The Last Scene

The very last scene of the movie, when the Krueger-mobile drives off and the mother gets nabbed, is clearly intended to have the effect on the audience that I mentioned above: it's supposed to make you anxious even after the movie is done, because the monster is still out there, just like in a campfire story. But, the other thing it did for me (I'm not saying I wasn't afraid to walk out to my car in the middle of the night to go home) was to cause me to re-evaluate the entire movie.

Simply put, it was Inception-like in it's undermining of my confidence about what was a dream and what was reality throughout the film. When, before that final scene, was the last time we saw Nancy go to sleep? Did we ever see her wake up again? Was anyone ever awake? Freddie only has power over someone when they are asleep. Yet, by the end of the movie, Nancy has pulled Freddie into the “real world” to fight him. Then, suddenly, we're back in what seems unmistakably to be a dream. It's a far more coherent explanation of what we see in the movie that Nancy never brought Krueger's hat or Krueger himself into the real world, she just never left the dream.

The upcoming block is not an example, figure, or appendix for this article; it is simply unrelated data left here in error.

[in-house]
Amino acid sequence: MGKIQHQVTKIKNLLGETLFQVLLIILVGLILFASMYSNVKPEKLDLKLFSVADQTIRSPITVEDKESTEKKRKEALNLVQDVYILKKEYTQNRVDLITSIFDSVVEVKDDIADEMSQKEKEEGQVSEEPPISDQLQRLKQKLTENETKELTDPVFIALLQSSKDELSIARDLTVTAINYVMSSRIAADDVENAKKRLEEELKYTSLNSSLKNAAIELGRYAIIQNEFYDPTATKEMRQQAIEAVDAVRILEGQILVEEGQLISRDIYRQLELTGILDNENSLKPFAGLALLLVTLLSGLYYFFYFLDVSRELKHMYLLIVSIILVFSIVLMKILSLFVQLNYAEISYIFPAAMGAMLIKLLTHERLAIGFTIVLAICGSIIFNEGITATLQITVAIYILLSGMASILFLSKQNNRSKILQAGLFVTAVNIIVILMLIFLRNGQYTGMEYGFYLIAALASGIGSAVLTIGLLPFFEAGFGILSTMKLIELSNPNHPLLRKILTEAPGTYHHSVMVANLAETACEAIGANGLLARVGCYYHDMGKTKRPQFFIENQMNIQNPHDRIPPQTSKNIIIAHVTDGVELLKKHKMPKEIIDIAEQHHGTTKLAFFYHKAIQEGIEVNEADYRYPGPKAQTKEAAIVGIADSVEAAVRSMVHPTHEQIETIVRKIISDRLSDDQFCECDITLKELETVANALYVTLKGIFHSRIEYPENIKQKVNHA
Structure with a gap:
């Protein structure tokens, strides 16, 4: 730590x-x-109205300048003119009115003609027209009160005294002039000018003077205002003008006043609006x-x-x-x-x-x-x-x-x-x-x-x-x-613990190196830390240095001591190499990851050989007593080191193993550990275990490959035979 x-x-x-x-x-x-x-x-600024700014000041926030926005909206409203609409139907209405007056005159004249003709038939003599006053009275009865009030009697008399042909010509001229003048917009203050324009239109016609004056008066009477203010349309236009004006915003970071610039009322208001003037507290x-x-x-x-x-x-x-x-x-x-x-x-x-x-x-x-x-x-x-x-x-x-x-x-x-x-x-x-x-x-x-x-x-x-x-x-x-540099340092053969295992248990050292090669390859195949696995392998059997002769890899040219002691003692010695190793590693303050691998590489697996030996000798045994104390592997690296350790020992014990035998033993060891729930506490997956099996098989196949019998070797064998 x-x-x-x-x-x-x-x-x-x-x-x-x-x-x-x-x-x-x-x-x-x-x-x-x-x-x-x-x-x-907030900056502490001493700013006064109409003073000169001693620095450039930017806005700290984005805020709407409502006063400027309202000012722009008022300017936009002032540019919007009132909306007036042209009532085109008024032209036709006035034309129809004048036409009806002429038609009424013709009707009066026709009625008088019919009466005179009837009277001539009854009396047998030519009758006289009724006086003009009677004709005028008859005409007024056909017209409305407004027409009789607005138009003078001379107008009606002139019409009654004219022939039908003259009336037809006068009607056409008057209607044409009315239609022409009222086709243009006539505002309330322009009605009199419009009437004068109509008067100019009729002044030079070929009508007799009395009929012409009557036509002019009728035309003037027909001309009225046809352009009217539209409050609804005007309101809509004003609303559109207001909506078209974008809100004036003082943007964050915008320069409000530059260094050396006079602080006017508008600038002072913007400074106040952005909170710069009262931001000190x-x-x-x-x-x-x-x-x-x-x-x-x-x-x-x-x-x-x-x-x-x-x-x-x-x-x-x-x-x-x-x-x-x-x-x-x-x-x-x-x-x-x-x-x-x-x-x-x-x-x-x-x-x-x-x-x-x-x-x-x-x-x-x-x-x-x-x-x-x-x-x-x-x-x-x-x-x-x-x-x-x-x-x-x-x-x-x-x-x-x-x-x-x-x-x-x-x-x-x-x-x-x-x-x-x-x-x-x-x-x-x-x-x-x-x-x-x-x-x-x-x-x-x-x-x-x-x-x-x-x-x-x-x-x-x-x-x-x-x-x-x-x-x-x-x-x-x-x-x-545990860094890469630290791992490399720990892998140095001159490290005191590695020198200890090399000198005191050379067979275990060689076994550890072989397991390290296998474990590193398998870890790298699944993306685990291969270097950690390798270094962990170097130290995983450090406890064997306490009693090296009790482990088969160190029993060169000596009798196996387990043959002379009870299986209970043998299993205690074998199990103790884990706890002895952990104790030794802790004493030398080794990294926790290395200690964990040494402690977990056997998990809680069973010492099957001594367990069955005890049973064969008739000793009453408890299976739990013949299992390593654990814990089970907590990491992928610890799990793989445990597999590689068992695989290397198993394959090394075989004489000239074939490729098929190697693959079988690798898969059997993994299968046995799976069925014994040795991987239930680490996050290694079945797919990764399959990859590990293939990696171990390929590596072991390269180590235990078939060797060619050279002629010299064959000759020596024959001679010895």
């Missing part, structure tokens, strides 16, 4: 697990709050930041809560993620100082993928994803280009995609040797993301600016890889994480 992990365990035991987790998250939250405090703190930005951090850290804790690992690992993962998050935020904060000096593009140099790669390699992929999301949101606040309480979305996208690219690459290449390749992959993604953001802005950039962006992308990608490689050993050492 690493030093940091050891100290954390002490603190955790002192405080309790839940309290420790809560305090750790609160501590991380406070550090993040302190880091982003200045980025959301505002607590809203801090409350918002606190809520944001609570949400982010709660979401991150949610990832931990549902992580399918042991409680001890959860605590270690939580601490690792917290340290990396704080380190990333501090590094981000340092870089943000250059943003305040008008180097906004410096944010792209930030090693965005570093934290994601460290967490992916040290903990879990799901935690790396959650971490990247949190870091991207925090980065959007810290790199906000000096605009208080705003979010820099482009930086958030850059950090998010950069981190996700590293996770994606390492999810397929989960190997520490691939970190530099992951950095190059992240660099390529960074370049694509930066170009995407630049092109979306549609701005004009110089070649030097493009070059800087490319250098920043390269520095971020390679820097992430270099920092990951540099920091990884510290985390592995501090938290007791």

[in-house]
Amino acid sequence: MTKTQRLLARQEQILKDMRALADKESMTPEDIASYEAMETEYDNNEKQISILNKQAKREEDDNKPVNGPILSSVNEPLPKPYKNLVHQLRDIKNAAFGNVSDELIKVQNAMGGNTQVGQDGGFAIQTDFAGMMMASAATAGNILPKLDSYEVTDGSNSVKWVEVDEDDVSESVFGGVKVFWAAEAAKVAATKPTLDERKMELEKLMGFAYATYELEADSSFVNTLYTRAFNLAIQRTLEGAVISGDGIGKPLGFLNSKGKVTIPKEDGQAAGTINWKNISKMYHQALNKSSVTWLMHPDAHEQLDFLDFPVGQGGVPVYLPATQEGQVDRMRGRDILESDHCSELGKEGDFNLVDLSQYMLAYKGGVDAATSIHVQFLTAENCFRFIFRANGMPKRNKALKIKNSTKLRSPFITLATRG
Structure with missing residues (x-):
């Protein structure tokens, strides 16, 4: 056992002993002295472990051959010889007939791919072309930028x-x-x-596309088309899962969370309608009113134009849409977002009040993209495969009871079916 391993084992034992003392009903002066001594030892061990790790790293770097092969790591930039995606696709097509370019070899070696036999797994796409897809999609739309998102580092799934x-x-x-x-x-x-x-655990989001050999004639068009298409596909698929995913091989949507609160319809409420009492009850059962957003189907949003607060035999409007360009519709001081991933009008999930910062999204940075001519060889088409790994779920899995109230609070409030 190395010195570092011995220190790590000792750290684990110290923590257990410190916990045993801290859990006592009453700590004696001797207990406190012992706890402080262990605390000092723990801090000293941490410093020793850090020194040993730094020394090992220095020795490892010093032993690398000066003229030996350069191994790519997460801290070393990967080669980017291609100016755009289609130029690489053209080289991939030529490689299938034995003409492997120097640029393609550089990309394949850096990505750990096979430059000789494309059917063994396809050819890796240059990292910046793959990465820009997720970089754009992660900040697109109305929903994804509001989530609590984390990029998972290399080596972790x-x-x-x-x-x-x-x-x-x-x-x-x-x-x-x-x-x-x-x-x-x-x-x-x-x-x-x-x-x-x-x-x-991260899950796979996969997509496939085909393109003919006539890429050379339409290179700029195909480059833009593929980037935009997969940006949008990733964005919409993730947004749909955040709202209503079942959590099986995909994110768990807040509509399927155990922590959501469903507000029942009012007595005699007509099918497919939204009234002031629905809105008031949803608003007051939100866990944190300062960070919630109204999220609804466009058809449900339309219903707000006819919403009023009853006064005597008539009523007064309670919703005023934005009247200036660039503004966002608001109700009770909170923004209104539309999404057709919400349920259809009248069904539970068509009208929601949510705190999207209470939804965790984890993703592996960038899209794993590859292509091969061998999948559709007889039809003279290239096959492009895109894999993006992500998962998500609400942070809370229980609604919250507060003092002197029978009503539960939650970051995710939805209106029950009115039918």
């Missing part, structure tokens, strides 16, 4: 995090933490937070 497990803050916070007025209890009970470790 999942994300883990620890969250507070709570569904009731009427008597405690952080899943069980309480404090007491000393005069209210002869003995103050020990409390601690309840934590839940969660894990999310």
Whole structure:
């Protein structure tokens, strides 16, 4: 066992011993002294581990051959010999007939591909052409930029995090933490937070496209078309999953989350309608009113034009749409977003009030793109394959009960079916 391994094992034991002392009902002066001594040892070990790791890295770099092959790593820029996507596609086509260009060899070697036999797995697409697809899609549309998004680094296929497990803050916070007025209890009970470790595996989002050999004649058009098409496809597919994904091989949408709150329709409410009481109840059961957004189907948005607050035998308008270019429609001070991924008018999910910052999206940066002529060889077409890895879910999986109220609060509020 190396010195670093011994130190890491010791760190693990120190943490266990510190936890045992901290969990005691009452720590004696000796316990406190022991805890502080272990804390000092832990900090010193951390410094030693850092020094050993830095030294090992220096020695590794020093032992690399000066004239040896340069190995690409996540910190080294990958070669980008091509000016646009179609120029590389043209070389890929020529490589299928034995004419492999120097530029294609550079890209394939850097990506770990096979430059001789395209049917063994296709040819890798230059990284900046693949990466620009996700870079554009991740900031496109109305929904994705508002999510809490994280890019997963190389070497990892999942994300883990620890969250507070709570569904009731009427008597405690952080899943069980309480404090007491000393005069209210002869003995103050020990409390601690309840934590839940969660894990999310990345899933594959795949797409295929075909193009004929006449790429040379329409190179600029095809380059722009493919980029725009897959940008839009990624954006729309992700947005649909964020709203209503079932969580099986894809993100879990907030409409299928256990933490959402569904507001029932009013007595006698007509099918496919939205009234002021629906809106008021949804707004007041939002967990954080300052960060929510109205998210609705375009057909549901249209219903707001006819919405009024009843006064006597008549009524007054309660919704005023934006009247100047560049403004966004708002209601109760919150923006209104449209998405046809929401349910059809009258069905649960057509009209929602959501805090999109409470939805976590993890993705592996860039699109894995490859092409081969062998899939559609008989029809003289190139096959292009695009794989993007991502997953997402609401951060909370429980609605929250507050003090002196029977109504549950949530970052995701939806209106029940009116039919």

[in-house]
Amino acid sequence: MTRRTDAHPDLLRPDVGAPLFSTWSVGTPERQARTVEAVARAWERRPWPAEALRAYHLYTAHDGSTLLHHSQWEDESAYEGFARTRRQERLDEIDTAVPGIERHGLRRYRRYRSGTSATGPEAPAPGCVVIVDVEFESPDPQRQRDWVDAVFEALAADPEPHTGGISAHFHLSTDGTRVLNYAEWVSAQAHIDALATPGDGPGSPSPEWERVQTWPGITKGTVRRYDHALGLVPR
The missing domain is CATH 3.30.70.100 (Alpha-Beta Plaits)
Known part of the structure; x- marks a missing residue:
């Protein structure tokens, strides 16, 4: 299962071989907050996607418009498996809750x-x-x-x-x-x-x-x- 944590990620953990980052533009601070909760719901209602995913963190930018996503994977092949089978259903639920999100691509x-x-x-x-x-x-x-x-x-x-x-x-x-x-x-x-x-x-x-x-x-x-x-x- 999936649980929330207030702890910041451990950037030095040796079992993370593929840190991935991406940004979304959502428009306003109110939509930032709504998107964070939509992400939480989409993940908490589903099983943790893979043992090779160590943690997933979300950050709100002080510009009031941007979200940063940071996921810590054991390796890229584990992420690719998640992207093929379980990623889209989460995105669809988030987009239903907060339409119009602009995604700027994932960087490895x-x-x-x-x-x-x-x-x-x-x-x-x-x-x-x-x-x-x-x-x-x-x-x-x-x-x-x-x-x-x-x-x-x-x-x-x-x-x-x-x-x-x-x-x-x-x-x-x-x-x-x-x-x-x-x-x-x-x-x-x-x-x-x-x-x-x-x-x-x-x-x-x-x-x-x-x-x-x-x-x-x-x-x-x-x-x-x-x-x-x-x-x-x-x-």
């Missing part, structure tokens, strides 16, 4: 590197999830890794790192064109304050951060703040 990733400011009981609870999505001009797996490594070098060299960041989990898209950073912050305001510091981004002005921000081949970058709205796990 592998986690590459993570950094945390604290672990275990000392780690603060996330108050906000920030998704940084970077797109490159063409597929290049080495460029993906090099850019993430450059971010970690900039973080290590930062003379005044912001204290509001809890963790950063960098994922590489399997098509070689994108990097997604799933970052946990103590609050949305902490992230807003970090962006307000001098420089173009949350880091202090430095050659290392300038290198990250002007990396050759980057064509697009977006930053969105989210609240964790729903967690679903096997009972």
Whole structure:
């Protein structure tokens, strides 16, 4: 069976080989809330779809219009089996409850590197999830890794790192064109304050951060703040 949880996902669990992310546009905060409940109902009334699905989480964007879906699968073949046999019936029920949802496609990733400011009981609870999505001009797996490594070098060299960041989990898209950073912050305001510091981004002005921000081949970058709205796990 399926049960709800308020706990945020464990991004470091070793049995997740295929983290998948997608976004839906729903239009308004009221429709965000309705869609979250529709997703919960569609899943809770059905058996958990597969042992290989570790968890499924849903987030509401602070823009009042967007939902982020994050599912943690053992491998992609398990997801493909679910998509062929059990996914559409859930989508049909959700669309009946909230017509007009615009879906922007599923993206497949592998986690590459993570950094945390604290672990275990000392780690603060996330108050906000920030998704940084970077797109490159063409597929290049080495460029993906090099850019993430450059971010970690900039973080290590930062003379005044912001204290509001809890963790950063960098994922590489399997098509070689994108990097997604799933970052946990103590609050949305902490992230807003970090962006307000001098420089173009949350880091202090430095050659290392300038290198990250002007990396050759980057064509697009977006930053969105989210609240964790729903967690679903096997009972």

Nancy's Mother's Story about Freddie

This movie leaps right into the action and the stalking by dream-walking demons and the killing. The only time we get some idea of what exactly is going on is when Nancy's mom tries to convince Nancy that what is pretty clearly happening to her cannot be happening.

Her story goes like this: Fred Krueger was a “filthy child-murderer” (her term) that killed 20 kids in the neighborhood. He was arrested, but “someone forgot to sign the search warrant in the right place,” and so he went free. Some of the parents tracked him down, found him in a warehouse he used to perform his murders in, and then they torched the building, burning Mr. Krueger alive inside.